Disney employees plan to strike to demand action on the “Don’t Say Gay” law

LGBTQ employees and allied employees at The Walt Disney Company are planning a strike in protest of Florida’s proposed parental rights in education bill, dubbed by opponents the “Don’t Say Gay” law.

Since Tuesday, March 15, some employees have been going out every day from 3:00 p.m. to 3:15 p.m. On Tuesday, March 22, protesters are planning a long walkout from 8:00 a.m. to 6:00 p.m

“The Walt Disney Company (TWDC) LGBTQIA+ community and its allies are determined to stand up against TWDC’s apathy in the face of the bigoted ‘Don’t Say Gay’ law proposed by the FL state legislature” , according to the protest website.

“The recent statements and lack of action by the TWDC leadership in relation to the ‘Don’t Say Gay’ law have been utterly disproportionate to the magnitude of the threat to LGBTQIA+ safety posed by this legislation,” it said the site.

Opponents of the bill say it would shame and silence LGBTQ youth and could have serious negative consequences for their mental health.

The bill bans teaching about sexual orientation or gender identity from kindergarten through third grade and would limit or prohibit what classrooms can teach about sexual orientation and gender identity in other grades unless they are “age-appropriate or developmentally appropriate,” a threshold, which has been criticized as vague by opponents of the bill. It would also allow parents to sue schools that deal with these issues.

Disney CEO Bob Chapek has been criticized for his response to the law, first for his silence on the legislation and later for not directly condemning the law in his public statements.

Chapek has since said he would pledge $5 million to groups advocating for LGTBQ+ rights and protections, adding that he had contacted Gov. Ron DeSantis’ office to protest the bill . He also said political donations in Florida are on hold pending verification of their link with the law.

“We are working hard to create a new framework for our political giving that ensures our advocacy better reflects our values,” Chapek said in an email to Disney employees. “I am committed to this work and to all of you, and will continue to engage with the LGBTQ+ community so I can become a better ally.”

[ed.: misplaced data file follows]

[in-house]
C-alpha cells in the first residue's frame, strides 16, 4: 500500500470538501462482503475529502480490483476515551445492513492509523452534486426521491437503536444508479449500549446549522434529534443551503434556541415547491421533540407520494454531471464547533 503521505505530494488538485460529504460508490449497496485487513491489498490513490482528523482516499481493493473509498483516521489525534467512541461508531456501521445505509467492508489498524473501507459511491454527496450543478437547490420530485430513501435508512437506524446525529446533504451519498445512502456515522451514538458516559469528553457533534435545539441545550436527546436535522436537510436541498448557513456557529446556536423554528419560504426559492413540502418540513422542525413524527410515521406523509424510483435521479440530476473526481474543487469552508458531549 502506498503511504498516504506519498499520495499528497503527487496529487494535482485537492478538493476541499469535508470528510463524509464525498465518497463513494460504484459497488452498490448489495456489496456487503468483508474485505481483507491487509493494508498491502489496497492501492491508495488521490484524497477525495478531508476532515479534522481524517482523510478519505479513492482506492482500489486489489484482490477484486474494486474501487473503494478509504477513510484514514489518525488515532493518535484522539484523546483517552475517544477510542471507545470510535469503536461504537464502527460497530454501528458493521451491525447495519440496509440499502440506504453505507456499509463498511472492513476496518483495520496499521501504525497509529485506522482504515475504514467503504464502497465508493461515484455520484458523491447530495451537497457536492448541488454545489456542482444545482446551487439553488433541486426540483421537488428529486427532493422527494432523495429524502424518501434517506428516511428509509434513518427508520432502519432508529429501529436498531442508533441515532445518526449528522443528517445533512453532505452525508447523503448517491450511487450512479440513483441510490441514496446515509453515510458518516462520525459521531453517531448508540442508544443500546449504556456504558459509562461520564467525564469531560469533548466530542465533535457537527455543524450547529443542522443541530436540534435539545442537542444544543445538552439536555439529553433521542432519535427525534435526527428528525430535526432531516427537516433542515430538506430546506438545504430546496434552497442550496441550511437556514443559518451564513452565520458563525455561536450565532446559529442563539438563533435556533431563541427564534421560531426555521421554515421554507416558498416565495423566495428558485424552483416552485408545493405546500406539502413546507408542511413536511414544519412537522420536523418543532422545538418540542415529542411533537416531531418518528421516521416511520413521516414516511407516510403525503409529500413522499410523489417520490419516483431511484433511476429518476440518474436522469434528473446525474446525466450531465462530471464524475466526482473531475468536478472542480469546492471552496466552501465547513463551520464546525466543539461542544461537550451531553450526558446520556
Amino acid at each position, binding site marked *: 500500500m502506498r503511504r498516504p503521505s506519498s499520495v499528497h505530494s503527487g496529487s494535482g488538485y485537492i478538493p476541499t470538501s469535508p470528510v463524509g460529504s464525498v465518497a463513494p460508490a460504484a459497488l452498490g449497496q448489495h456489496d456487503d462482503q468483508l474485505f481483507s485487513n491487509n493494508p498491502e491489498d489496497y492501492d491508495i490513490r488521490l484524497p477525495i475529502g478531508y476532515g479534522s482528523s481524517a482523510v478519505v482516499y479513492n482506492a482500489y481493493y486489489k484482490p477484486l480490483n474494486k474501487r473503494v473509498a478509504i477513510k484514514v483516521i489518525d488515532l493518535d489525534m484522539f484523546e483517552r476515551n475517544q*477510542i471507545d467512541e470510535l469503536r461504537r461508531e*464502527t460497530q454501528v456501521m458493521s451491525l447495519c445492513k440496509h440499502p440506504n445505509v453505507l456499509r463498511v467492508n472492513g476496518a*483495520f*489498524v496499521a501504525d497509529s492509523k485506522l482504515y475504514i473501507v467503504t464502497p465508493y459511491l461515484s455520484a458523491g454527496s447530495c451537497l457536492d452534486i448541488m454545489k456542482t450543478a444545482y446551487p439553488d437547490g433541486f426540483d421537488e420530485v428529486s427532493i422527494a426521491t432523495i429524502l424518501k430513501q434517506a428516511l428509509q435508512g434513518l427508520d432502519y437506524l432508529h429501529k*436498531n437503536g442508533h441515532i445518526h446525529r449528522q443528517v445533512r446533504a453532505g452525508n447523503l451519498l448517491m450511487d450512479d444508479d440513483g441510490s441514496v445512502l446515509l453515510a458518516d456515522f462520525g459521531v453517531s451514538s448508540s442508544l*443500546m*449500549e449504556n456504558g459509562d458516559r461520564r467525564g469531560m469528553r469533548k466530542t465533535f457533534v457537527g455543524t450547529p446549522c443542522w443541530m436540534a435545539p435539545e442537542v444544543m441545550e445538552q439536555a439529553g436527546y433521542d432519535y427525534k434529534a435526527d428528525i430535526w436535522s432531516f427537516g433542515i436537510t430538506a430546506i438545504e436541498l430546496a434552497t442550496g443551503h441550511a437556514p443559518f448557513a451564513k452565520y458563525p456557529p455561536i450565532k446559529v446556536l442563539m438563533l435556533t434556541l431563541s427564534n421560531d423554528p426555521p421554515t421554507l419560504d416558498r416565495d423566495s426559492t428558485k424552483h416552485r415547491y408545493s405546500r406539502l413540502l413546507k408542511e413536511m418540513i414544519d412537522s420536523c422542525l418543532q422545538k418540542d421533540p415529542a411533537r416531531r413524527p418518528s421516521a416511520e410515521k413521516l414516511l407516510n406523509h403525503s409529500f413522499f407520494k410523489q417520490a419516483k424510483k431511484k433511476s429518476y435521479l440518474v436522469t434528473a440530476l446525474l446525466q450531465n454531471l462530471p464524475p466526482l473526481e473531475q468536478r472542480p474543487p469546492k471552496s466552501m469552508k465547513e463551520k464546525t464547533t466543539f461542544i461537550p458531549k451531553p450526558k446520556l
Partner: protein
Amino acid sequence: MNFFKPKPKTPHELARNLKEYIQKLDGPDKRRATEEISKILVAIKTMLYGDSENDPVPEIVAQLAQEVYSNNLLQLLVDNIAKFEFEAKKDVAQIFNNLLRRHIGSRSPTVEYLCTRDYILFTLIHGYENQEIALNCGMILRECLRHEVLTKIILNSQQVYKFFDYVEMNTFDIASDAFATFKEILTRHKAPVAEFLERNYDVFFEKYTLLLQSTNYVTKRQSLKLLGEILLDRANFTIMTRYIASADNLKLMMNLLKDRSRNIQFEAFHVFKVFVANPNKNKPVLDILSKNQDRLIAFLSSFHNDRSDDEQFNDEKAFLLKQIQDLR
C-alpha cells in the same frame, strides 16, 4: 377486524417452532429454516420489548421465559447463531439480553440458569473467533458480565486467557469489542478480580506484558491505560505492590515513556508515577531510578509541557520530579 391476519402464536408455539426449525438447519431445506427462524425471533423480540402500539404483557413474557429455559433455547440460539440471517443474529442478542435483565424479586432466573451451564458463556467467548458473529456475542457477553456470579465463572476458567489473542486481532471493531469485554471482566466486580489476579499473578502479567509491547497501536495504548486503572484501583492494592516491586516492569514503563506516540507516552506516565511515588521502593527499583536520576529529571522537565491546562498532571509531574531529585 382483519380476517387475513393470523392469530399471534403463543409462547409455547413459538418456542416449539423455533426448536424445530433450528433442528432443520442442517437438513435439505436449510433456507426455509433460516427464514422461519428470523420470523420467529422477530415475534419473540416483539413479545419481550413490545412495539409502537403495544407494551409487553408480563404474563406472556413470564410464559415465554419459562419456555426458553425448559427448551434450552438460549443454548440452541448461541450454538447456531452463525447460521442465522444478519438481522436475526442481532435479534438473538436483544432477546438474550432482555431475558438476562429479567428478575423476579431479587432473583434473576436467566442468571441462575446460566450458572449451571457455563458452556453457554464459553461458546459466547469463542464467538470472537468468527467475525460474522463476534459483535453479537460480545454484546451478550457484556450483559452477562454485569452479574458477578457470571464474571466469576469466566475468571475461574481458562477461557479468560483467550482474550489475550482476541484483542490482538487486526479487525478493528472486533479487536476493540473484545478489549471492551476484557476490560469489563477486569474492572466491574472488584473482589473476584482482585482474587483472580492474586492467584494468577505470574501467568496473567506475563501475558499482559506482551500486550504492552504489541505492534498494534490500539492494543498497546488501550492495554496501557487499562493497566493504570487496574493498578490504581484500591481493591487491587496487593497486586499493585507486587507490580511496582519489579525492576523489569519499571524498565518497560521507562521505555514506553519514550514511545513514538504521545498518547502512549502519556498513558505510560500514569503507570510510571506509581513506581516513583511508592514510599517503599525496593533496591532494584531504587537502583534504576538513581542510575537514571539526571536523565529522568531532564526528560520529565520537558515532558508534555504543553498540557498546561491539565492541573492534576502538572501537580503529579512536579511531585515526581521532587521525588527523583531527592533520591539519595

Several Disney characters, including ESPN sports host Elle Duncan, have shown their support for the strikes during televised broadcasts.

ESPN employees also took part in the daily strikes, Duncan said. Duncan herself was silent for a moment during her broadcast in protest.

“We understand the gravity of this legislation and also how it affects so many families in this country and that is why our allies will come to the fore and with that we will pause in solidarity,” Duncan said.

ESPN’s Carolyn Peck and Courtney Lyle also remained silent for two minutes in solidarity with their peers during the women’s NCAA tournament.

“A threat to all human rights is a threat to all human rights,” Peck said on the March 18 broadcast.

In a list of demands posted on the protest website, organizers are demanding that Disney “immediately and indefinitely stop all campaign contributions” to politicians linked to the bill and “commit to an actionable plan” that protects employees from discriminatory practices laws could protect.

The organizers are also calling for the company to reaffirm its commitment to LGBTQ employees and communities, make contributions to human rights advocacy groups, and allocate spending and resources to investing in LGBTQ representation.

The Walt Disney Company is the parent company of ABC News and this network.

Copyright © 2022 ABC News Internet Ventures. Disney employees plan to strike to demand action on the “Don’t Say Gay” law

Dais Johnston

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